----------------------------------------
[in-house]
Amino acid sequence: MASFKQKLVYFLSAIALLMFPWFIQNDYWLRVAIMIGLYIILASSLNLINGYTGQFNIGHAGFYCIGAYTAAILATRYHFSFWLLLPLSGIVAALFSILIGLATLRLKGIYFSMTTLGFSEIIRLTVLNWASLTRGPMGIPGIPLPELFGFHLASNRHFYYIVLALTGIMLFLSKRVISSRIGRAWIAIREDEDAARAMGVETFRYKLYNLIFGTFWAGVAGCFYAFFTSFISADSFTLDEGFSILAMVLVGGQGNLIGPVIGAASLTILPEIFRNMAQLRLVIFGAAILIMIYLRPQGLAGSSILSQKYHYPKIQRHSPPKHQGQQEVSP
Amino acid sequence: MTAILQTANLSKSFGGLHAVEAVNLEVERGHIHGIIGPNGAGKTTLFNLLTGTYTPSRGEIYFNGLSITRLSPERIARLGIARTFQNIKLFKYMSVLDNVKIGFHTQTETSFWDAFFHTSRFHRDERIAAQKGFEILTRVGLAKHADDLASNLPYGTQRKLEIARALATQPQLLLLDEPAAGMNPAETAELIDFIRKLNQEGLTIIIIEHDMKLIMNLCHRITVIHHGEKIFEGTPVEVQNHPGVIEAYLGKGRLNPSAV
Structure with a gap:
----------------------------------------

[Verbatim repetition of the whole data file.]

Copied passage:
[in-house]
Amino acid sequence: MASFKQKLVYFLSAIALLMFPWFIQNDYWLRVAIMIGLYIILASSLNLINGYTGQFNIGHAGFYCIGAYTAAILATRYHFSFWLLLPLSGIVAALFSILIGLATLRLKGIYFSMTTLGFSEIIRLTVLNWASLTRGPMGIPGIPLPELFGFHLASNRHFYYIVLALTGIMLFLSKRVISSRIGRAWIAIREDEDAARAMGVETFRYKLYNLIFGTFWAGVAGCFYAFFTSFISADSFTLDEGFSILAMVLVGGQGNLIGPVIGAASLTILPEIFRNMAQLRLVIFGAAILIMIYLRPQGLAGSSILSQKYHYPKIQRHSPPKHQGQQEVSP
Amino acid sequence: MTAILQTANLSKSFGGLHAVEAVNLEVERGHIHGIIGPNGAGKTTLFNLLTGTYTPSRGEIYFNGLSITRLSPERIARLGIARTFQNIKLFKYMSVLDNVKIGFHTQTETSFWDAFFHTSRFHRDERIAAQKGFEILTRVGLAKHADDLASNLPYGTQRKLEIARALATQPQLLLLDEPAAGMNPAETAELIDFIRKLNQEGLTIIIIEHDMKLIMNLCHRITVIHHGEKIFEGTPVEVQNHPGVIEAYLGKGRLNPSAV
Structure with a gap: